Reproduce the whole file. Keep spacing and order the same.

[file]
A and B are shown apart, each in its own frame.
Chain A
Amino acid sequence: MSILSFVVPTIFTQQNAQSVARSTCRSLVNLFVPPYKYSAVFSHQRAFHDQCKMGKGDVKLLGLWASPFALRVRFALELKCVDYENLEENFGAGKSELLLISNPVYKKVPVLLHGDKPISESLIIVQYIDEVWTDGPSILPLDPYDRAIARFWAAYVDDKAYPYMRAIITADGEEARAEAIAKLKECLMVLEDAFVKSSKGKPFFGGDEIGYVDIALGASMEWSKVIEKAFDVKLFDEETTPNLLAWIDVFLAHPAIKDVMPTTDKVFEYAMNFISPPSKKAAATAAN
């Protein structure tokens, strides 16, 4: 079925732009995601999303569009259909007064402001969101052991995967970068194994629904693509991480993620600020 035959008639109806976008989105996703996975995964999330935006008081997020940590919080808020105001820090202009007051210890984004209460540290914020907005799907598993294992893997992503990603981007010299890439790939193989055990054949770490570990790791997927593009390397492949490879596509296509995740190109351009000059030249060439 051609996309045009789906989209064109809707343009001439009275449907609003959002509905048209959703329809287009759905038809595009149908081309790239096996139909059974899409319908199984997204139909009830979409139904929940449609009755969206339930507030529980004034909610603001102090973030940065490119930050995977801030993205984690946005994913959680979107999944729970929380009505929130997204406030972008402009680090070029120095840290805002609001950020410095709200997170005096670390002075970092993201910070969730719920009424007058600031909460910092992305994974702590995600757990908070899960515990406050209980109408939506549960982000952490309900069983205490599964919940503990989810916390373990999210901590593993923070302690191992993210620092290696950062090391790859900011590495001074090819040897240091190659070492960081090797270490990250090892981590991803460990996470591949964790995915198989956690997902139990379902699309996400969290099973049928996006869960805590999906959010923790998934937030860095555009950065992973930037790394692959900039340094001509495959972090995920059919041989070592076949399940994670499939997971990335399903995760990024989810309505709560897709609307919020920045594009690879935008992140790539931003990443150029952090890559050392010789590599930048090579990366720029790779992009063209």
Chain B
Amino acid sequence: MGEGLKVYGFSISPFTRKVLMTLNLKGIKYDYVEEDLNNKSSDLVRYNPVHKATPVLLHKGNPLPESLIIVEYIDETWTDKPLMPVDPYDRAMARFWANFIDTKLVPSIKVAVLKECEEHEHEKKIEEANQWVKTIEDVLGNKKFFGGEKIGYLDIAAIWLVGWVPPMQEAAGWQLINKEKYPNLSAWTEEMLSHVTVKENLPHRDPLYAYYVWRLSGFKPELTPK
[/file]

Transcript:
A and B are shown apart, each in its own frame.
Chain A
Amino acid sequence: MSILSFVVPTIFTQQNAQSVARSTCRSLVNLFVPPYKYSAVFSHQRAFHDQCKMGKGDVKLLGLWASPFALRVRFALELKCVDYENLEENFGAGKSELLLISNPVYKKVPVLLHGDKPISESLIIVQYIDEVWTDGPSILPLDPYDRAIARFWAAYVDDKAYPYMRAIITADGEEARAEAIAKLKECLMVLEDAFVKSSKGKPFFGGDEIGYVDIALGASMEWSKVIEKAFDVKLFDEETTPNLLAWIDVFLAHPAIKDVMPTTDKVFEYAMNFISPPSKKAAATAAN
């Protein structure tokens, strides 16, 4: 079925732009995601999303569009259909007064402001969101052991995967970068194994629904693509991480993620600020 035959008639109806976008989105996703996975995964999330935006008081997020940590919080808020105001820090202009007051210890984004209460540290914020907005799907598993294992893997992503990603981007010299890439790939193989055990054949770490570990790791997927593009390397492949490879596509296509995740190109351009000059030249060439 051609996309045009789906989209064109809707343009001439009275449907609003959002509905048209959703329809287009759905038809595009149908081309790239096996139909059974899409319908199984997204139909009830979409139904929940449609009755969206339930507030529980004034909610603001102090973030940065490119930050995977801030993205984690946005994913959680979107999944729970929380009505929130997204406030972008402009680090070029120095840290805002609001950020410095709200997170005096670390002075970092993201910070969730719920009424007058600031909460910092992305994974702590995600757990908070899960515990406050209980109408939506549960982000952490309900069983205490599964919940503990989810916390373990999210901590593993923070302690191992993210620092290696950062090391790859900011590495001074090819040897240091190659070492960081090797270490990250090892981590991803460990996470591949964790995915198989956690997902139990379902699309996400969290099973049928996006869960805590999906959010923790998934937030860095555009950065992973930037790394692959900039340094001509495959972090995920059919041989070592076949399940994670499939997971990335399903995760990024989810309505709560897709609307919020920045594009690879935008992140790539931003990443150029952090890559050392010789590599930048090579990366720029790779992009063209």
Chain B
Amino acid sequence: MGEGLKVYGFSISPFTRKVLMTLNLKGIKYDYVEEDLNNKSSDLVRYNPVHKATPVLLHKGNPLPESLIIVEYIDETWTDKPLMPVDPYDRAMARFWANFIDTKLVPSIKVAVLKECEEHEHEKKIEEANQWVKTIEDVLGNKKFFGGEKIGYLDIAAIWLVGWVPPMQEAAGWQLINKEKYPNLSAWTEEMLSHVTVKENLPHRDPLYAYYVWRLSGFKPELTPK